OPINION: When Covid-19 first arrived in New Zealand, PM Jacinda Ardern made great play of the fact that it would be the primary sector - and that means rural NZ - would be the saviour of the economy.
Daryl Carran says the union is quite clear that, as the meat industry is an essential industry, workers should be vaccinated.
He says while there is no mandatory requirement for this now, the idea of a mandatory health declaration to this effect would not be a bad thing.
Carran's come as the Ministry for Primary Industries (MPI) works on the details of requiring vaccinations within the primary sector workforce in situations where it will help to safeguard market access. MPI is currently having discussions with industry to frame up what this might mean in practice.
There's currently no legal requirement for mandatory vaccinations for market access purposes.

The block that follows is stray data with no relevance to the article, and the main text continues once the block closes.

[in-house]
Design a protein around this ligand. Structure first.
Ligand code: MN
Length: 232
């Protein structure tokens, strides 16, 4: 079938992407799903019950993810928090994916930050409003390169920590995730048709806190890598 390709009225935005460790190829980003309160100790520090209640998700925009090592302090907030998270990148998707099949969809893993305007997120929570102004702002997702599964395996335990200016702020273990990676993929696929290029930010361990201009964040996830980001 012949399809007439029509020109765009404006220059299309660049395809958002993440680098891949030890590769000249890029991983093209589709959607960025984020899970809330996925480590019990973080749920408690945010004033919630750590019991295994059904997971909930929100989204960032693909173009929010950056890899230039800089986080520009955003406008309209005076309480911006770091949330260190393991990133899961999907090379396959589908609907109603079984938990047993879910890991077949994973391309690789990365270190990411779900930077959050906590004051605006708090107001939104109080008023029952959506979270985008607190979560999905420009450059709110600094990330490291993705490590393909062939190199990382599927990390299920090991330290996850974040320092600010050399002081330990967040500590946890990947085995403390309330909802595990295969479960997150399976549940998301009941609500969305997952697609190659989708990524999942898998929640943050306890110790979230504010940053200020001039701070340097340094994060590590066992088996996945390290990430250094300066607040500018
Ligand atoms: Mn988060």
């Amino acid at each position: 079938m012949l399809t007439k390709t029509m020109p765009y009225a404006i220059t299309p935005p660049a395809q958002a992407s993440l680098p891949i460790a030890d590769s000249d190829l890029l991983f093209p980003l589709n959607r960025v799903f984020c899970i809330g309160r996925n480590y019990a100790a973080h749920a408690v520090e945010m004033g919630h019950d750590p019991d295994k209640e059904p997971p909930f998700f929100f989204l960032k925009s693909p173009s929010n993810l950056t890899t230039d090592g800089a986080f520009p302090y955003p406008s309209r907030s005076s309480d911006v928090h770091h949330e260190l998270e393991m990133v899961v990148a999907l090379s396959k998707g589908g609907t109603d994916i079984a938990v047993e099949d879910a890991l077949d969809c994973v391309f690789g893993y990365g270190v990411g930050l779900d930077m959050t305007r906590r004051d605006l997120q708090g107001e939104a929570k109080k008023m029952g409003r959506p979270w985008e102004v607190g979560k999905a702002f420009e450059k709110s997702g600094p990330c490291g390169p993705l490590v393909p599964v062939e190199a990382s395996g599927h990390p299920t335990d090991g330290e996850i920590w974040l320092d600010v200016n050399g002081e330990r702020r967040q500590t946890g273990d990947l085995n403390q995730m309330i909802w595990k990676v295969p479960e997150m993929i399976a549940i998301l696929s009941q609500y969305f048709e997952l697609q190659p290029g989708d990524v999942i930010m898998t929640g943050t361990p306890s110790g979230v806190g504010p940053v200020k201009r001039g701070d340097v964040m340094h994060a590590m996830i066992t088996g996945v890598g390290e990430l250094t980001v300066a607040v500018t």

Carran says, from what he's heard, vaccination rates for meat industry workers varies from region to region.
"The further north in the country you go it would appear the vaccination rates are lower," he told Rural News.
Carran says he'd like to see a significant lift in vaccination rates for Maori and Pasifika workers who form the majority of the workforce in the industry in the North Island.
"Having a mandatory vaccination policy is not a bad thing when you have people working shoulder to shoulder in quite adverse climatic conditions within large or even small factories," he adds.
One of the concerns around Covid vaccinations that Carran raises is being talked about right across the primary sector: That is the risk of NZ products being rejected by a key market - such as China - because workers in a plant are not vaccinated, or worse that there is an outbreak of Covid in a plant.